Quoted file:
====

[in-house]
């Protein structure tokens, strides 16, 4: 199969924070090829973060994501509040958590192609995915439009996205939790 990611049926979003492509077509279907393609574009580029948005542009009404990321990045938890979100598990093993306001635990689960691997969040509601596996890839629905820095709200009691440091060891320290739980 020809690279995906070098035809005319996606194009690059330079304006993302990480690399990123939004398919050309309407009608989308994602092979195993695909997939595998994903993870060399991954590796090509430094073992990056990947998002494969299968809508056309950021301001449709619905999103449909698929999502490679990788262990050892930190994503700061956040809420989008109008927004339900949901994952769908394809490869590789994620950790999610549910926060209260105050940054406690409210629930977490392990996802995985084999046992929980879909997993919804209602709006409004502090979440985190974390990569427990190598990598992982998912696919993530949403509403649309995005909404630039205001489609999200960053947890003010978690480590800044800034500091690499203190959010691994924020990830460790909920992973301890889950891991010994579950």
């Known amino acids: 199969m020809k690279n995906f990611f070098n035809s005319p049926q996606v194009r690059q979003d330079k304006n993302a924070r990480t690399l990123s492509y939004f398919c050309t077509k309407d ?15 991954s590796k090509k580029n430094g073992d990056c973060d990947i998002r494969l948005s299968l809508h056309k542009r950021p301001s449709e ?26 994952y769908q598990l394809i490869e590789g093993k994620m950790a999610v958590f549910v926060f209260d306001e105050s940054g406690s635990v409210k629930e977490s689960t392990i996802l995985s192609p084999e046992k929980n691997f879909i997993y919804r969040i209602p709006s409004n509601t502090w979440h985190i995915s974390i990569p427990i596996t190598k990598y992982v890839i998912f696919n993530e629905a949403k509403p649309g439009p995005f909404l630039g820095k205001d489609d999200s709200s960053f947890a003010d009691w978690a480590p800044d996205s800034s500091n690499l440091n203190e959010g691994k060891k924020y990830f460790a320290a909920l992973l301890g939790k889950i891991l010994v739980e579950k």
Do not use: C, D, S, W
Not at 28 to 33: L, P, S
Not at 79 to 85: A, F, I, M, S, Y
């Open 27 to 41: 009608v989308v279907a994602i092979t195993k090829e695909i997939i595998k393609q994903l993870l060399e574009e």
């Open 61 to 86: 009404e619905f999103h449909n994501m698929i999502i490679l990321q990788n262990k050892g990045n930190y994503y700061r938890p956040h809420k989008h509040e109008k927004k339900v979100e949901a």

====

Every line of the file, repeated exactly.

[in-house]
């Protein structure tokens, strides 16, 4: 199969924070090829973060994501509040958590192609995915439009996205939790 990611049926979003492509077509279907393609574009580029948005542009009404990321990045938890979100598990093993306001635990689960691997969040509601596996890839629905820095709200009691440091060891320290739980 020809690279995906070098035809005319996606194009690059330079304006993302990480690399990123939004398919050309309407009608989308994602092979195993695909997939595998994903993870060399991954590796090509430094073992990056990947998002494969299968809508056309950021301001449709619905999103449909698929999502490679990788262990050892930190994503700061956040809420989008109008927004339900949901994952769908394809490869590789994620950790999610549910926060209260105050940054406690409210629930977490392990996802995985084999046992929980879909997993919804209602709006409004502090979440985190974390990569427990190598990598992982998912696919993530949403509403649309995005909404630039205001489609999200960053947890003010978690480590800044800034500091690499203190959010691994924020990830460790909920992973301890889950891991010994579950």
């Known amino acids: 199969m020809k690279n995906f990611f070098n035809s005319p049926q996606v194009r690059q979003d330079k304006n993302a924070r990480t690399l990123s492509y939004f398919c050309t077509k309407d ?15 991954s590796k090509k580029n430094g073992d990056c973060d990947i998002r494969l948005s299968l809508h056309k542009r950021p301001s449709e ?26 994952y769908q598990l394809i490869e590789g093993k994620m950790a999610v958590f549910v926060f209260d306001e105050s940054g406690s635990v409210k629930e977490s689960t392990i996802l995985s192609p084999e046992k929980n691997f879909i997993y919804r969040i209602p709006s409004n509601t502090w979440h985190i995915s974390i990569p427990i596996t190598k990598y992982v890839i998912f696919n993530e629905a949403k509403p649309g439009p995005f909404l630039g820095k205001d489609d999200s709200s960053f947890a003010d009691w978690a480590p800044d996205s800034s500091n690499l440091n203190e959010g691994k060891k924020y990830f460790a320290a909920l992973l301890g939790k889950i891991l010994v739980e579950k």
Do not use: C, D, S, W
Not at 28 to 33: L, P, S
Not at 79 to 85: A, F, I, M, S, Y
């Open 27 to 41: 009608v989308v279907a994602i092979t195993k090829e695909i997939i595998k393609q994903l993870l060399e574009e």
């Open 61 to 86: 009404e619905f999103h449909n994501m698929i999502i490679l990321q990788n262990k050892g990045n930190y994503y700061r938890p956040h809420k989008h509040e109008k927004k339900v979100e949901a």